Multi Currency Portfolio Data Good


Multi currency portfolio data just came from Thomas Fischer of yske Bank when he sent the latest Multi Currency Portfolio data and wrote:

“Hi Gary , Our latest up-date – the green sandwich is still very tasty. You would have to look long and hard to find a better performing portfolio anywhere in the world. Thomas”

Here is the latest review of the five multi currency portfolio’s we have tracked since November 1, 2006 (eight months).

Portfolios 2007 Apr 30 May 11 June 1 June 15 June 28 July 10
Swiss Samba 26.60% 32.86% 41.46% 44.13% 44.80% 45.225
Emerging Market 32.46% 31.13% 40.38% 42.72% 54.31% 62.77%
Dollar Short 30.79% 30.44% 31.84% 29.34% 33.81% 38.85%
Dollar Neutral 25.58% 28.54% 32.26% 33.29% 37.64% 38.59%
Green 135.11% 142.42% 170.33% 173.58% 178.28% 201.14%

The performance of all five portfolios is above average. In fact they are all astoundingly good.

Yet interestingly enough the main reason for multi currency investing is not incredible performance, but safety. Traditional investment theory says that achieving stability and safety comes from the sacrifice of performance. This has certainly not been true with our multi currency portfolios for the past two years.

The five portfolios we created and tracked with Jyske Bank last year also had much better than average performance.

US Dollar Long 9.04%

US Dollar Short 10.43%

US Dollar Hedge 11.46%

Emerging Market 42.93%

Asia Emerging Market 114.16%

Yet financial stability has always been our first goal. We live in a global economy. Every consumer spends money around the world. Everyone is a multi currency spender.

We also live in a world where most governments believe spending and national debt that can ruin or at least weaken a currency. These are also times of huge demographic and industrial shifts. Developed economies face stiffer and increased competition from emerging economies. Trade balances as well as debt are shifting everywhere. The bulwarks of the global economic system, the US , Japan and Germany are all now huge borrowers.

The foundations of the global currency system are built entirely on soupy, shifting sands.

All of this means no one currency can be used as the ultimate form of financial security.

We as multi currency spenders need to be multi currency investors. This belief is a foundation of our portfolios and for the last two years has paid off very well. However we never want to forget the summer dip last year when investors suddenly became concerned with risk. Our best portfolios dipped badly and quickly then. We see conditions that could create a similar scenario now.

Risk aversion puts pressure on the emerging markets and though this may not be a correct sentiment, worries about American sub prime mortgages cause investors to sell equities and invest in US dollar bonds.

I believe this is exactly the wrong thing to do long term, but right now equity markets globally are under pressure and US 10-year bonds are gaining strength. Their yield rose from 5.14% to 5.03%, the largest daily yield decline in six months.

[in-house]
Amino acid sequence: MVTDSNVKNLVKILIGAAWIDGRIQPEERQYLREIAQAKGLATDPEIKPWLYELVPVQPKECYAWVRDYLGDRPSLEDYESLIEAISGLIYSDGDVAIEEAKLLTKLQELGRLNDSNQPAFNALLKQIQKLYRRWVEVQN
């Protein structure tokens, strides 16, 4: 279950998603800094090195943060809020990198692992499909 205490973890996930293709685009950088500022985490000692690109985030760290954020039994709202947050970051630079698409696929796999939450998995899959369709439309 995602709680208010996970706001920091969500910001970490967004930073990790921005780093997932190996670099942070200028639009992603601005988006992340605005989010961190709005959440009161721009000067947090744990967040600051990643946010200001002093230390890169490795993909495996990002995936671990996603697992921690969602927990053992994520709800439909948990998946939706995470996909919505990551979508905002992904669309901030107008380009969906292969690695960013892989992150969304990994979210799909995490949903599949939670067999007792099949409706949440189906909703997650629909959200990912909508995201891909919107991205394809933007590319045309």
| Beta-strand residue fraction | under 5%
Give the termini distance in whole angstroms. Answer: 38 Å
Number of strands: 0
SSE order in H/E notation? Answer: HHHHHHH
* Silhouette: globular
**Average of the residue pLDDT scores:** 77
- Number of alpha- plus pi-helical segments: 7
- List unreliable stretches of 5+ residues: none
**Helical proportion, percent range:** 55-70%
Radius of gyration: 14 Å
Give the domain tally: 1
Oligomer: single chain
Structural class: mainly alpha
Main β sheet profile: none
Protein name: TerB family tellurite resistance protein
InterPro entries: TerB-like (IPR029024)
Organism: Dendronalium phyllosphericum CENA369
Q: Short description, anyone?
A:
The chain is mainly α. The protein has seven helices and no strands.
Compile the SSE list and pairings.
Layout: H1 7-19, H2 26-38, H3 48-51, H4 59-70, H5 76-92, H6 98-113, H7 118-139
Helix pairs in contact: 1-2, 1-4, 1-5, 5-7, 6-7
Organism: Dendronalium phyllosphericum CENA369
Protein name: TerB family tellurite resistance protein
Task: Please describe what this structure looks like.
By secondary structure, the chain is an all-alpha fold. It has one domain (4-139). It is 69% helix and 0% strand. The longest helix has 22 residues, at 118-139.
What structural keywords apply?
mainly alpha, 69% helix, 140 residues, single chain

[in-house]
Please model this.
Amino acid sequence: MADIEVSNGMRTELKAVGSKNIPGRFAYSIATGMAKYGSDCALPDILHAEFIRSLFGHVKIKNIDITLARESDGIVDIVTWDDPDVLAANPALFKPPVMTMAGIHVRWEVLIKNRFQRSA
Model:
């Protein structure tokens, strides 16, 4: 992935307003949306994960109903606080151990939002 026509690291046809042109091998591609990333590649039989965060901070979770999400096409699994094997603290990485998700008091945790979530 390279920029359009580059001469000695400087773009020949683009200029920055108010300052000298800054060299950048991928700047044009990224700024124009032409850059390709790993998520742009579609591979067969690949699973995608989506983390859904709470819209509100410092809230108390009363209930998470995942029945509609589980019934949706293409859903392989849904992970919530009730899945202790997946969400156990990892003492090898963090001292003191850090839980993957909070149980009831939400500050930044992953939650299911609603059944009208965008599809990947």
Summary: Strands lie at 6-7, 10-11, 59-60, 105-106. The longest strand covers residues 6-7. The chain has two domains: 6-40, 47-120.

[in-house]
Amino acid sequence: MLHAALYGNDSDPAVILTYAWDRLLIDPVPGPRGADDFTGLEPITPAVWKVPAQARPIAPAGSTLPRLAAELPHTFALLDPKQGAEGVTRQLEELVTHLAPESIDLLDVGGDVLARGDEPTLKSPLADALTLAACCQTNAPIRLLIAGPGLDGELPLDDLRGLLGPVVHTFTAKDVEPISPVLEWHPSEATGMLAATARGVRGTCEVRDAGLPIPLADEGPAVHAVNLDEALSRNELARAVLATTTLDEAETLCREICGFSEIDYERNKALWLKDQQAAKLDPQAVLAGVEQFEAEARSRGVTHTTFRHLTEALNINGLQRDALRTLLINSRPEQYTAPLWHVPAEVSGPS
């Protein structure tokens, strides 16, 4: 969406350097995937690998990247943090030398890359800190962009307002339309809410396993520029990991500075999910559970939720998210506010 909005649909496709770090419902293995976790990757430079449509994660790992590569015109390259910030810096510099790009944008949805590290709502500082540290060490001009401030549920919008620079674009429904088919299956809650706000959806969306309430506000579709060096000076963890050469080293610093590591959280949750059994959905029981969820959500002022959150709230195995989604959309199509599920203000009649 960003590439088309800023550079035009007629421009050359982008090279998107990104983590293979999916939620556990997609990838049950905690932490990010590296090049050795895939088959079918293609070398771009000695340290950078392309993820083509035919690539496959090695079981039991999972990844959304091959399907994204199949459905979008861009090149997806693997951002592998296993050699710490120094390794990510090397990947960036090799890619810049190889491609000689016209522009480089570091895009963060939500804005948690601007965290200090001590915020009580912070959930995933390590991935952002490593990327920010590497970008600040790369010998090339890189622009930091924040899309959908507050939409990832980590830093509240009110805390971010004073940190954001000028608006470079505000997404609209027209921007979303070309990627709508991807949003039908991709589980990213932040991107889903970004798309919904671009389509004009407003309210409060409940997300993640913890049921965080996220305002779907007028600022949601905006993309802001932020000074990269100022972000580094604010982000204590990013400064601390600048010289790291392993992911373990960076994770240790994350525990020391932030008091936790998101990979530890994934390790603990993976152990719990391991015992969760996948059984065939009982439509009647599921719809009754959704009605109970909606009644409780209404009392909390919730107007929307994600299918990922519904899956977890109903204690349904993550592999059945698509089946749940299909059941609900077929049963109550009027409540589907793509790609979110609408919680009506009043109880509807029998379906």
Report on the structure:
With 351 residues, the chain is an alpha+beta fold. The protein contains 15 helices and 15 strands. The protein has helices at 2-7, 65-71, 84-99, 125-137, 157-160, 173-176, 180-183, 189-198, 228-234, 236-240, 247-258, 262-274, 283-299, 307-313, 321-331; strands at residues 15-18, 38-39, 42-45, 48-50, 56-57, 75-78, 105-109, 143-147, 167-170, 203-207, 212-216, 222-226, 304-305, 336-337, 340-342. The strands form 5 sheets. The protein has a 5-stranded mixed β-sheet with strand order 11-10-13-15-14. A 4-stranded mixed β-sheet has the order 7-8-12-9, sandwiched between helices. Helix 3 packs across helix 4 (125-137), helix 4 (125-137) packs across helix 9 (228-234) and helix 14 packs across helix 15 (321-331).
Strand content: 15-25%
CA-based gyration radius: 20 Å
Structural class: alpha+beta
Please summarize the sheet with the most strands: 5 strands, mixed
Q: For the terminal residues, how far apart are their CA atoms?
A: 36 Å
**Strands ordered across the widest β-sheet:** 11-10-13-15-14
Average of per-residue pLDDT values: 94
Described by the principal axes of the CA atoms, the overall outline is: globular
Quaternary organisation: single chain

Higher yielding emerging equity bonds suffered the most. Weak economies such as Argentina , Venezuela and Ecuador suffered while more solid emerging markets such as Chile , China and Hungary were hardly affected. Fortunately the Swiss Samba, Dollar Short and Dollar Neutral Portfolios hold solid emerging securities and were not affected. They continued to rise though we cannot ignore the possibility that the current risk aversion sentiment will spill over into higher quality countries.

Watch this momentum over the days ahead. Stay in touch with your portfolios!

The lesson to be learned is that growing risk aversion can actually benefit some emerging market portfolios, our Emerging Market Portfolios being the example. This portfolio holds mainly high end emerging equities (80% is in China , India , Asian and Eastern Europe ) and is leveraged entirely in Czech koruna.

Only 20% of that portfolio ( Turkey equities) is in the weaker segment, so this portfolio is less likely to sag during and short term risk reducing market moves.

Yet the risk aversion could also weaken the koruna and create forex profits in that portfolio.

The most recent minutes of the Czech Republic Central Bank showed that the bank is fighting inflation pressure in the economy. The CZK is weaker than the central bank had expected. The notes of this meeting suggest that if the interest-rate differential to the euro zone does not narrow then CZK will continue to weaken.

Currently the $100,000 loan in this portfolio would cost $104,732.59 to repay. This means that though this portfolio is up a strong 62.77% in eight months and 10 days, it is carrying a 4.7% forex loss on the loan. A shift in the koruna parity could add some quick, extra profit.

Until next update, good global investing to you.

Gary

See attached file.

We will analysis these five portfolios, plus introduce the 2008 portfolios at our next two International Investing and Business Made EZ courses.

Join us September 14 – 16, 2007 in North Carolina , http://www.garyascott.com/nccourse

Or come to Ecuador November 9-11. See http://www.garyascott.com/catalog/IBEZec/


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